Were We Special?

When I was very young, and–in fact–throughout most of my childhood, I was told over and over again that I was special. I was told that the light that shone from within me was entirely unique; that my life–that all life–was a miracle. I’ve since learned that most children in the western world were brainwashed with the same silly sentiments.

Each of us grew up to believe his or her life mattered. It was a symptom of living in the age of arrogance.

These aphorisms, I believe, were deeply rooted in both democracy and in capitalism: the notion we were special; that we each had a voice; that we each could achieve our dreams.

Yet, at the time of my writing this, there are well over 7 billion people on Earth. We are being born far faster than we are dying (I know it may be hard for you to believe as you investigate the strata of our wrecked world, but long before the vast wasteland you see before you, we as a people were thriving–all too well, I think).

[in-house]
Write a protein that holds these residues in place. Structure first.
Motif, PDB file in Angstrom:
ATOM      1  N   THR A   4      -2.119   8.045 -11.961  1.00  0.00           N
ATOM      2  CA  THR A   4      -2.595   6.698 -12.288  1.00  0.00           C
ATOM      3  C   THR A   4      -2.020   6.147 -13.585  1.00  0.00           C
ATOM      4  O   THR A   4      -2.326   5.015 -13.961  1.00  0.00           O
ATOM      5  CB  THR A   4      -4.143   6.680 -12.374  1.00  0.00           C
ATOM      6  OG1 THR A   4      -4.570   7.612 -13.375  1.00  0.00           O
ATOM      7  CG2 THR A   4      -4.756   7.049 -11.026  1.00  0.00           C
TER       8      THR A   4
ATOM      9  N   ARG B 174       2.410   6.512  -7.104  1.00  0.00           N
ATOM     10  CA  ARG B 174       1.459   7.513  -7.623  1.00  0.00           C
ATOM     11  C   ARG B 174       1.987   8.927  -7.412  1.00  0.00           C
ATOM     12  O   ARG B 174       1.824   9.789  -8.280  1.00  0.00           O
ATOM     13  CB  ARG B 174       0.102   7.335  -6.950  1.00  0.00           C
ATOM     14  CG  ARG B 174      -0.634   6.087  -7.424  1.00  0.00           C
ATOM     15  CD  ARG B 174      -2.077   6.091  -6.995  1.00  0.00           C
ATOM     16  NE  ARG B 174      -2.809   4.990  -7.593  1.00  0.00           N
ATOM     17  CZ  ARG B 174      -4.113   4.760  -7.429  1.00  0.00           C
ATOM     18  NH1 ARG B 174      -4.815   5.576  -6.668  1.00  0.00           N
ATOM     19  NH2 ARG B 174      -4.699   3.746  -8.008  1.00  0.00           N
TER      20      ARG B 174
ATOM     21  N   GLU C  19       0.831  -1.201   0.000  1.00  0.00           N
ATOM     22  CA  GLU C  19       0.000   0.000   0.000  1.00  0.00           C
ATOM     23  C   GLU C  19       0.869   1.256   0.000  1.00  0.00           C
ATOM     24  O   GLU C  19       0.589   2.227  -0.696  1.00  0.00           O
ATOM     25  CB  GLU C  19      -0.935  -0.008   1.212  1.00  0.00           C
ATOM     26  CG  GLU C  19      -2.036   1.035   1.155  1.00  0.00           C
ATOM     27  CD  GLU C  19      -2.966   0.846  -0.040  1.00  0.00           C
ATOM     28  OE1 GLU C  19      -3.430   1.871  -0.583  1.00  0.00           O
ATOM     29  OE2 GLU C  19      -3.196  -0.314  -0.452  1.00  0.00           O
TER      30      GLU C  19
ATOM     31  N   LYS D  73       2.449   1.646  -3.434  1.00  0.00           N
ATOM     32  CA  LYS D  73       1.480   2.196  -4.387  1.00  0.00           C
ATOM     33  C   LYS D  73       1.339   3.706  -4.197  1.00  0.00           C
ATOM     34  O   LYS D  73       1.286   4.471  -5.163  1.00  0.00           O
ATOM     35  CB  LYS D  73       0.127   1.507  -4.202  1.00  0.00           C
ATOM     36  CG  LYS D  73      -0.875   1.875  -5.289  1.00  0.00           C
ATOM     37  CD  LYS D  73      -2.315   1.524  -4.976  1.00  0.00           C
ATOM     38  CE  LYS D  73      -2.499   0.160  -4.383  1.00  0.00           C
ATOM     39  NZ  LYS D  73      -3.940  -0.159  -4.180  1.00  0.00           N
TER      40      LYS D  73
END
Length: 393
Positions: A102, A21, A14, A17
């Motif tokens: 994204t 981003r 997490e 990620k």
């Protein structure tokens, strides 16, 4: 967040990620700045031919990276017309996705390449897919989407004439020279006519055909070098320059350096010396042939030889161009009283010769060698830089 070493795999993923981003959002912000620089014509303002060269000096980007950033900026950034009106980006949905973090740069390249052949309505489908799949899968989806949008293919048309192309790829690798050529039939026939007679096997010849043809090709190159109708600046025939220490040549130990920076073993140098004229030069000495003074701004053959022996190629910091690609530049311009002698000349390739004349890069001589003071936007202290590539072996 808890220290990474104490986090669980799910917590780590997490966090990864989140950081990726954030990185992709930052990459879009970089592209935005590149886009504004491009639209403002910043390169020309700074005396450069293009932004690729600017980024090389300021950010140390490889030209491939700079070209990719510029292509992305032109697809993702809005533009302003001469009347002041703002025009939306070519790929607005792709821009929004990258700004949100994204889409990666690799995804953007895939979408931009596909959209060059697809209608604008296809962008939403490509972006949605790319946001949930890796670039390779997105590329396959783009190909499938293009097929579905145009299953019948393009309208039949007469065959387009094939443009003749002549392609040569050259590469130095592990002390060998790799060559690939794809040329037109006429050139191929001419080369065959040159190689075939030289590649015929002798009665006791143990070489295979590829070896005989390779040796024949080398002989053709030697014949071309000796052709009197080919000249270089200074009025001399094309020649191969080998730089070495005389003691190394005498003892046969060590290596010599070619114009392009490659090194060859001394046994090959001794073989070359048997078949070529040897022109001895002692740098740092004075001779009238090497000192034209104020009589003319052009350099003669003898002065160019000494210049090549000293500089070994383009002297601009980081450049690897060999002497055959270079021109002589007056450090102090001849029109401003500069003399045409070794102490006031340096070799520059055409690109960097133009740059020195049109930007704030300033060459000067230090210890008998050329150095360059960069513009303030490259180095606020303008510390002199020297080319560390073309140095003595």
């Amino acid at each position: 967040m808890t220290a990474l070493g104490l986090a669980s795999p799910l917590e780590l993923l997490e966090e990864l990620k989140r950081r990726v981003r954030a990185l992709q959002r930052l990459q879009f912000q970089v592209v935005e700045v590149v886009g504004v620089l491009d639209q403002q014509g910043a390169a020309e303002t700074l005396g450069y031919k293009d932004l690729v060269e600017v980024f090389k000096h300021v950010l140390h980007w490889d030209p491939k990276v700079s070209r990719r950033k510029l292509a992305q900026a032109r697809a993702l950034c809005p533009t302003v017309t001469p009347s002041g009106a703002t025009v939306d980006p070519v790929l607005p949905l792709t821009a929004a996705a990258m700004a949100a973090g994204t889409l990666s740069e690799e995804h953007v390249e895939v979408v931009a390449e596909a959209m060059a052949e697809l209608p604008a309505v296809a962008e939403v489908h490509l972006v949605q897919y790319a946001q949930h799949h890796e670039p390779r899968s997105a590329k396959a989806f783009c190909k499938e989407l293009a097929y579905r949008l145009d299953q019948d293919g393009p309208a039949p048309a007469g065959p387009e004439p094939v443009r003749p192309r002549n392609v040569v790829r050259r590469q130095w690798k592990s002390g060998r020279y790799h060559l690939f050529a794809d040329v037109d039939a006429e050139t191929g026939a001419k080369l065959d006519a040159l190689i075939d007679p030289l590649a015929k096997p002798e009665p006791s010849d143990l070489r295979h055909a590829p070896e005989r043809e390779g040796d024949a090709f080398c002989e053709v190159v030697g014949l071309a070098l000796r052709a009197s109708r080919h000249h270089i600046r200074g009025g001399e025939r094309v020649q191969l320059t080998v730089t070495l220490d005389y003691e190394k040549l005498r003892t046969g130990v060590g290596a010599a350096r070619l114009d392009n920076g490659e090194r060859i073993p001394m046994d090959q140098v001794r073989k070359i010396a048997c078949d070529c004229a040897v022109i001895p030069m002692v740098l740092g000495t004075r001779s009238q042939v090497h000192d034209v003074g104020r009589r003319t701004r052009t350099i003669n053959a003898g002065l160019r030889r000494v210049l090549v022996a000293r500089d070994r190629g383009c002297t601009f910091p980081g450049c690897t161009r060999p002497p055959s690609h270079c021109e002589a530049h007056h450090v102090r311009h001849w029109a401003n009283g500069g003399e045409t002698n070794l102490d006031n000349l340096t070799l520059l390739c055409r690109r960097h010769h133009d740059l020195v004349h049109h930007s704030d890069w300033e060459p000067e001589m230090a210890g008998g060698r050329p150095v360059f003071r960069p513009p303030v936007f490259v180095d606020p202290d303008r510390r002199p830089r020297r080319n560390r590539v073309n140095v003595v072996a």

Therefore, it seems to me that the numbers don’t match the platitudes.

I don’t think we were that special, and certainly our lives didn’t seem to be a miracle. Since death was rarer than life in a sense, why was death not deemed a miracle? Because death was promised? Well, then–so wasn’t life for those who lived?

I wonder what the implications would’ve been if more people had realized this? How might they have lived their lives differently? I think we would’ve tried to make our lives mean more–we would’ve tried to actually be special–if we didn’t assume we already were.

At any rate, as it just so happened to turn out, I actually was special.

The Boy and I Have Magic Powers

|| Homo sapiens superior & Canis lupus superior // Telepathic Child and Dog, 1984 ||


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